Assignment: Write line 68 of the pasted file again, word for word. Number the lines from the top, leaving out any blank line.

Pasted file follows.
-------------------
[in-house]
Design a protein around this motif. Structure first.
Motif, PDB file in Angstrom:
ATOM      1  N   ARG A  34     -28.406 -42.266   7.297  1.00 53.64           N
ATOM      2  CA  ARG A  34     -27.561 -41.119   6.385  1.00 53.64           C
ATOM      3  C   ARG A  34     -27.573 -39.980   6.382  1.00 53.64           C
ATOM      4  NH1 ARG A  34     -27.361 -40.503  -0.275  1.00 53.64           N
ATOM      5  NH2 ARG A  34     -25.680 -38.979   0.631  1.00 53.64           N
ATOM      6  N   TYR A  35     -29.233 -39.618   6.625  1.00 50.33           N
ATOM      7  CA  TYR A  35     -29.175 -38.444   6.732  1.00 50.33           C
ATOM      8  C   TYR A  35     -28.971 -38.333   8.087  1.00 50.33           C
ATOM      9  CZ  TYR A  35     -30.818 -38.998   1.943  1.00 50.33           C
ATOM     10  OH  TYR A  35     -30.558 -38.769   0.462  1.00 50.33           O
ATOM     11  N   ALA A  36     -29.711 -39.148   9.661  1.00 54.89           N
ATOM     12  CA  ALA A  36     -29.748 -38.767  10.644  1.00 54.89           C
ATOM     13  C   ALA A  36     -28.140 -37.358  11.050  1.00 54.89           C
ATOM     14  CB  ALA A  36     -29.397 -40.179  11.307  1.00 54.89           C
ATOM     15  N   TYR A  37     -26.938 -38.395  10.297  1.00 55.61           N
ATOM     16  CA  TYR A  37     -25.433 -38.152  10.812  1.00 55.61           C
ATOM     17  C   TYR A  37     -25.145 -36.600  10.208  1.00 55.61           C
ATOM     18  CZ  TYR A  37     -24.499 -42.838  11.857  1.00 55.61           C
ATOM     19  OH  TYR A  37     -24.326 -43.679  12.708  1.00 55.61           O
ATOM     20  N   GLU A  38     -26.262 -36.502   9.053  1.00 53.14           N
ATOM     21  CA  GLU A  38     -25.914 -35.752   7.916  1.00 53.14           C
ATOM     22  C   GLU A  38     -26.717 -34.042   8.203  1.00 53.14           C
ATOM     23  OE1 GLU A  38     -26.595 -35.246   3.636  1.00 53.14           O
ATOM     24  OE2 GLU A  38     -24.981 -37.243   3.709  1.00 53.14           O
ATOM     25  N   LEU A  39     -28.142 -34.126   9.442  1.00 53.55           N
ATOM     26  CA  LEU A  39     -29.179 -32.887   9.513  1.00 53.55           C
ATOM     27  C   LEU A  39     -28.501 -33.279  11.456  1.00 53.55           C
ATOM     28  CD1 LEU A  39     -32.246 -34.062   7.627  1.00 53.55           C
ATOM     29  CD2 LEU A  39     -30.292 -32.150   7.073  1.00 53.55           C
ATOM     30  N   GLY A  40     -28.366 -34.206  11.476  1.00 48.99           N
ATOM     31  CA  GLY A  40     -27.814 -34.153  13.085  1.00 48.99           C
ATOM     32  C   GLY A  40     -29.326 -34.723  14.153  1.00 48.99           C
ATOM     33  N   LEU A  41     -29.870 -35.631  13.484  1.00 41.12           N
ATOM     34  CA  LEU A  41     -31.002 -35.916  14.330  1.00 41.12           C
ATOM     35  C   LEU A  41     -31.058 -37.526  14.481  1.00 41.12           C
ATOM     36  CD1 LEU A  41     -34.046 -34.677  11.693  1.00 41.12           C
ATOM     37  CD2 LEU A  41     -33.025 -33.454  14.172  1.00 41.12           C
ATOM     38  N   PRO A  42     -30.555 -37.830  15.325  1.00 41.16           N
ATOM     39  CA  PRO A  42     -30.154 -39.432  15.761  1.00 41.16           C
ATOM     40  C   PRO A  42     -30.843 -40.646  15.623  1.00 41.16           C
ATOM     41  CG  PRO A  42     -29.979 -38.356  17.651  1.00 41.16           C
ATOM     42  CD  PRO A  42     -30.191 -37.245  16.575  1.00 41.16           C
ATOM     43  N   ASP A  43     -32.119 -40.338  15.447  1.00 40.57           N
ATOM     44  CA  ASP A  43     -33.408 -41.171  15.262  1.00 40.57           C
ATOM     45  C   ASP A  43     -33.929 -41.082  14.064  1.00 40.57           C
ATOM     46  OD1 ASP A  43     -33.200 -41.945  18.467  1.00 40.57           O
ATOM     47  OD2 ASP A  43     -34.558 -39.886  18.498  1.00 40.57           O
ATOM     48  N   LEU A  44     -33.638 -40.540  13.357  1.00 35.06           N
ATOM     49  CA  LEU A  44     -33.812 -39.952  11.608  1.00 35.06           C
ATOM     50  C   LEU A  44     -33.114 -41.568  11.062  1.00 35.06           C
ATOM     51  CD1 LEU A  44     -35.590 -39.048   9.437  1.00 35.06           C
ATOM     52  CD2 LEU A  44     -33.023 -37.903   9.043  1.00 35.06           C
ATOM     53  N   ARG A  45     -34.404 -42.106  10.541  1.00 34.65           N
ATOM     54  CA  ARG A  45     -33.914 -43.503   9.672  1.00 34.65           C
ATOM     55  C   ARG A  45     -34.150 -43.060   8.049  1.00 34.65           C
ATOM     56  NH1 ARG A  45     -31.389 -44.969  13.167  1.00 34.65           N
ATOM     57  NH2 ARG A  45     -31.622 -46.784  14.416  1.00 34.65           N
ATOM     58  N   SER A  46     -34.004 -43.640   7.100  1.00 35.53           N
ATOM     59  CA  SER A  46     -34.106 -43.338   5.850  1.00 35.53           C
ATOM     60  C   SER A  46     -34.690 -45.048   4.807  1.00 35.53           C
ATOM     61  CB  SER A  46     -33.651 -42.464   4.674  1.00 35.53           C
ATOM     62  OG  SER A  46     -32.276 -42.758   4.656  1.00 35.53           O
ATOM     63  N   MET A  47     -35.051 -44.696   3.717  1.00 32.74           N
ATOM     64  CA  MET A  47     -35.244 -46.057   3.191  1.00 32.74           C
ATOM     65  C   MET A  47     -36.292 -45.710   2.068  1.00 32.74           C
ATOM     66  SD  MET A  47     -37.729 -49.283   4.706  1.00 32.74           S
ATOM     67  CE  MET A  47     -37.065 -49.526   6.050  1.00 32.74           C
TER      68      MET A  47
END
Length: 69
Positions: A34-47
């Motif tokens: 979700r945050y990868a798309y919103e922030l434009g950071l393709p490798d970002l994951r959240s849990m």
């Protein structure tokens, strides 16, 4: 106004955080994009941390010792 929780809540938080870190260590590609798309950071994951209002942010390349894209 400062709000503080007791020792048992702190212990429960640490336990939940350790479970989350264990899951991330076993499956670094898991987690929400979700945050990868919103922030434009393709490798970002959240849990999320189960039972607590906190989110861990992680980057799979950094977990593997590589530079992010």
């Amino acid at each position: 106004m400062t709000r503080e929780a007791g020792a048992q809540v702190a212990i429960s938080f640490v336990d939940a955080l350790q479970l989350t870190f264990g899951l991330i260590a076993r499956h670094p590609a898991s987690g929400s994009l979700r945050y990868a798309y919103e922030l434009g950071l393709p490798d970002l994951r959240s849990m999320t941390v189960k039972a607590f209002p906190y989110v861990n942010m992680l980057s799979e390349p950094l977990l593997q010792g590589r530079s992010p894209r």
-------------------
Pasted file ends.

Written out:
ATOM     65  C   MET A  47     -36.292 -45.710   2.068  1.00 32.74           C